You can see a sliver of the pool in the background. This is where the magic happens.

You can see a sliver of the pool in the background. This is where the magic happens.


The Fennec Foxes

Snickers and Doodle are the resident fennec foxes. Snicker was pretty excited to see us, probably because that meant he was about to get fed meal worms. Doodle was a little more cautious, and preferred to watch the action from his perch above us. Despite their adorable looks, these little guys are fully-grown.


Eurasian Eagle Owl

This lovely lady has outgrown her chick fluff, but only just barely. We were allowed to gently stroke her back while Kevin distracted her with a toy. (That way, everyone leaves happy with their fingers intact.)

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Agoutis

Westley and Inigo are rodents of unusual size. Agoutis are native to Central and South America and look like a mix of a giant guinea pig and a fawn. In fact, their dotted coat helps them blend in on the sun-dappled rainforest floor.

These two were suckers for peanuts and grapes. They closed their eyes while chewing, like they were savoring a delicacy. Once the food was gone, they explored our laps, sniffing and seeking out back scratches.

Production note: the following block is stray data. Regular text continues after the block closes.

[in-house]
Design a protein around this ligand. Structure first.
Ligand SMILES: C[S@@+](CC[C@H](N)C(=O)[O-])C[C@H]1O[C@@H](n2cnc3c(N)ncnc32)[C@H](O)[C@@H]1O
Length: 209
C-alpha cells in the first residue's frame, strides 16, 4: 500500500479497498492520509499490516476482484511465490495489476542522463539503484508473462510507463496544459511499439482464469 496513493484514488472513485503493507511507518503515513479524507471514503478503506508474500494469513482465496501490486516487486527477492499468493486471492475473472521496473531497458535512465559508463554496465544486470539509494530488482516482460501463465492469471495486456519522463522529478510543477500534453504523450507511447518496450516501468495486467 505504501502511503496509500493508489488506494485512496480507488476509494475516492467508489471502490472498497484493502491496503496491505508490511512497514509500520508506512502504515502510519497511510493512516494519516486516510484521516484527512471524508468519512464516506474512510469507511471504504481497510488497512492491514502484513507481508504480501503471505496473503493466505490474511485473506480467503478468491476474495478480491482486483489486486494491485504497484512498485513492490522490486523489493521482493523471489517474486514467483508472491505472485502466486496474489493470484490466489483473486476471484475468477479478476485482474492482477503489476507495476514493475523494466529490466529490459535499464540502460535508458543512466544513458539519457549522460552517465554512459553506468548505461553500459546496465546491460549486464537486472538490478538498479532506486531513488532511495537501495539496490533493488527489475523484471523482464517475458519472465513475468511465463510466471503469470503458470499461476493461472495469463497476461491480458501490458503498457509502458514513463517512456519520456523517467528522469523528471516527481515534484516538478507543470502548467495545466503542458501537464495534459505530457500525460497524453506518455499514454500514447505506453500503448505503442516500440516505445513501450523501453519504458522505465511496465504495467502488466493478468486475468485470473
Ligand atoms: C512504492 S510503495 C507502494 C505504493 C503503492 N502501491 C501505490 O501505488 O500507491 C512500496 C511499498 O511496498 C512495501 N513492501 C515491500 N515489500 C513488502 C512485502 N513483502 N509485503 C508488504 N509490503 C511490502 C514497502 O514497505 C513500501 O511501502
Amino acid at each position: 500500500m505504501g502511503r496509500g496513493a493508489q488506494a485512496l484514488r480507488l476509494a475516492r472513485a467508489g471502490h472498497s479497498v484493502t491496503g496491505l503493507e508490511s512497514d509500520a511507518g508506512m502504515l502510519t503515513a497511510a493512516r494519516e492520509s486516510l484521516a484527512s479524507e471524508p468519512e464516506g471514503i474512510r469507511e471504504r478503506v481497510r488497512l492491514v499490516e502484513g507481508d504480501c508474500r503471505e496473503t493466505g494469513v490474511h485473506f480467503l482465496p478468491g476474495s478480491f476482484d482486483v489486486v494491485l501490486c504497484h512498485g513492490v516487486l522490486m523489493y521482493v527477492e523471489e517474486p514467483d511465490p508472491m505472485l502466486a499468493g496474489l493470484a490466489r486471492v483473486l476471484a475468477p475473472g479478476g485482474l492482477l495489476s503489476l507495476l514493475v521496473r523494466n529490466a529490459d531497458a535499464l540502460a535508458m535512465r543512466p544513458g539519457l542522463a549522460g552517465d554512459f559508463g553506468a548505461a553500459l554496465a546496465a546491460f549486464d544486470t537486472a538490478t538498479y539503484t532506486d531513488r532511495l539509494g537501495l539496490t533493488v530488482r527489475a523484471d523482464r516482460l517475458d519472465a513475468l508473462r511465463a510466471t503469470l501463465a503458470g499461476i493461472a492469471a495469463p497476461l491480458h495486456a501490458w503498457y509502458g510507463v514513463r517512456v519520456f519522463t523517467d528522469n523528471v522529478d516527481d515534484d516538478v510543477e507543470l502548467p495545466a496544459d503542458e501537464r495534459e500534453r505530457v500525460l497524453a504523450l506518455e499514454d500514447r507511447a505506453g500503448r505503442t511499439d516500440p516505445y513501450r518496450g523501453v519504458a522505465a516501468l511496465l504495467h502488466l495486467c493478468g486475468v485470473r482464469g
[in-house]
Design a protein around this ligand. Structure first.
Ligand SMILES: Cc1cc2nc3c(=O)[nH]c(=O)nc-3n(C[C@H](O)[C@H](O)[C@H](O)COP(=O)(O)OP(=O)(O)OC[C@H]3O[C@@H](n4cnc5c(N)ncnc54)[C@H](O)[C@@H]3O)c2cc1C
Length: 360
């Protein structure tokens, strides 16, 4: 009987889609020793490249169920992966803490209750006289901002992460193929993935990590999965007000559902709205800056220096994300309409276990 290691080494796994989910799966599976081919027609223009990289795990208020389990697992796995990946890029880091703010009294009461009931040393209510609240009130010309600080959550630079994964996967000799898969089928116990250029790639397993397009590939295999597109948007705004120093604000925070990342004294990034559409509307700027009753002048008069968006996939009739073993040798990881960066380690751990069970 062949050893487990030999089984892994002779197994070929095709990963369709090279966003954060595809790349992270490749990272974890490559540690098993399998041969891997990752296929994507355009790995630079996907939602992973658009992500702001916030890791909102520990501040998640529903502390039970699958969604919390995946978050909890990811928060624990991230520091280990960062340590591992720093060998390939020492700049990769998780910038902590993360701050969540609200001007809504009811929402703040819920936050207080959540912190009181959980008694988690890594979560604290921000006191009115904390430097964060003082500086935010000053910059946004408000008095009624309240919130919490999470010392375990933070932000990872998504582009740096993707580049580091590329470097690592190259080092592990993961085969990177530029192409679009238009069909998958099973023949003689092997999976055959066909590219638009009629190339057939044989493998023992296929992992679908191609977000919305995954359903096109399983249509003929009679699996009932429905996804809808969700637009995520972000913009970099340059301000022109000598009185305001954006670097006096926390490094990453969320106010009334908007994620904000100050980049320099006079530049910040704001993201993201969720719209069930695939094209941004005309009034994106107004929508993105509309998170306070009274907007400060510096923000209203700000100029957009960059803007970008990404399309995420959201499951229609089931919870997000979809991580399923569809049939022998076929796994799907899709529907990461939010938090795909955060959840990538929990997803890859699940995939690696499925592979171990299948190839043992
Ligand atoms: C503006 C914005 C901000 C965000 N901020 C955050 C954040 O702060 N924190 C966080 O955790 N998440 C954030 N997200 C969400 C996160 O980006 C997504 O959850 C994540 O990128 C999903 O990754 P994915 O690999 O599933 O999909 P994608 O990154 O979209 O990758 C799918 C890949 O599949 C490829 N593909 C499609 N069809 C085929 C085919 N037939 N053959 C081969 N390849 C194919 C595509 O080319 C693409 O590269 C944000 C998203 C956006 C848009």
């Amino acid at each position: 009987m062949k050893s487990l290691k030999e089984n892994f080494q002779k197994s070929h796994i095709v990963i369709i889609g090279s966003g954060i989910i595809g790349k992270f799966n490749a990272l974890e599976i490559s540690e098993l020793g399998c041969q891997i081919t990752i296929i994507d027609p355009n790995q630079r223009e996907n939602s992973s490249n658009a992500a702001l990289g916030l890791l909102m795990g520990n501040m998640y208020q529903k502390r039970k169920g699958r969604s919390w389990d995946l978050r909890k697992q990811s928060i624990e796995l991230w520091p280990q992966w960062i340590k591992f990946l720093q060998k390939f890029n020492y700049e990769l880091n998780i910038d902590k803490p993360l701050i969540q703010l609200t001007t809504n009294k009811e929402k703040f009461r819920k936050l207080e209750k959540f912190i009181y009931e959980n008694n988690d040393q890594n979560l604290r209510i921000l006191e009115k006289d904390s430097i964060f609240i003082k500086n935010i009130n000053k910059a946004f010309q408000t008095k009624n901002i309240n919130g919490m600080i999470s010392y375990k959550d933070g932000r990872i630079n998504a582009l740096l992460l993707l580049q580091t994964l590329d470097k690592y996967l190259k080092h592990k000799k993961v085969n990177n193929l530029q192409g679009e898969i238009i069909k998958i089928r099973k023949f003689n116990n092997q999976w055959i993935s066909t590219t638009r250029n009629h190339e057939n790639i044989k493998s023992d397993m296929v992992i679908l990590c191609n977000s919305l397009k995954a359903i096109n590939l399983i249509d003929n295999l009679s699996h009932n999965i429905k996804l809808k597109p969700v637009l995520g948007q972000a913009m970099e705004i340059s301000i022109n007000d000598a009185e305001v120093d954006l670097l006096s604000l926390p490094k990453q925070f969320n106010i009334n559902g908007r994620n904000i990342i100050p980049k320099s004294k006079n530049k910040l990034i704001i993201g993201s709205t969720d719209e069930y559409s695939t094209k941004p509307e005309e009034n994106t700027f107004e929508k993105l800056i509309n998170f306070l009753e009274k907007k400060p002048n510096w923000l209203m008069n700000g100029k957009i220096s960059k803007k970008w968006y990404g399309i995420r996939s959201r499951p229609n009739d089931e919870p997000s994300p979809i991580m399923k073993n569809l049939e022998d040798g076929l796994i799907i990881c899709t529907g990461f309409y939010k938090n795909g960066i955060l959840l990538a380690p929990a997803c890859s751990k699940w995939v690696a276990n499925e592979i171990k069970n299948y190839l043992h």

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Serval Kitten

Kiki is just a kitten and one of the newest additions to Nurtured by Nature. We were encouraged to gently pet her coat while one of the instructors fed her fish. The fish treats are to help her grow accustomed to being around strangers in close proximity. Most of my photos of her playing are motion-blurred into oblivion. 

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3-Banded Armadillos

Nurtured by Nature is one of the only facilities in the world that successfully breeds 3-banded armadillos. They're tricky to breed in captivity, so whatever the staff is doing seems to be working. We were instructed on how to hold armadillos properly– one hand on their bottom with another hand supporting their backs. When we set them on the ground, they buzzed around our feet like wind up toys.


Two-Toed Sloth

Belt was fresh from his bath when we got to see him. His interests: back scratches, blinking slowly, clinging. I might be in love.

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Porcupine

Cuddles lives up to her name. When we entered her home, she wiggled her butt and ran over to see what we brought to feed her. (Bananas and apples.)


Lemurs

Gizmo, the Red Ruffed Lemur, was significantly less photogenic than his Ring-Tailed Lemur counterpart. He was more focused on chewing grapes and holding onto our fingers than posing for the camera.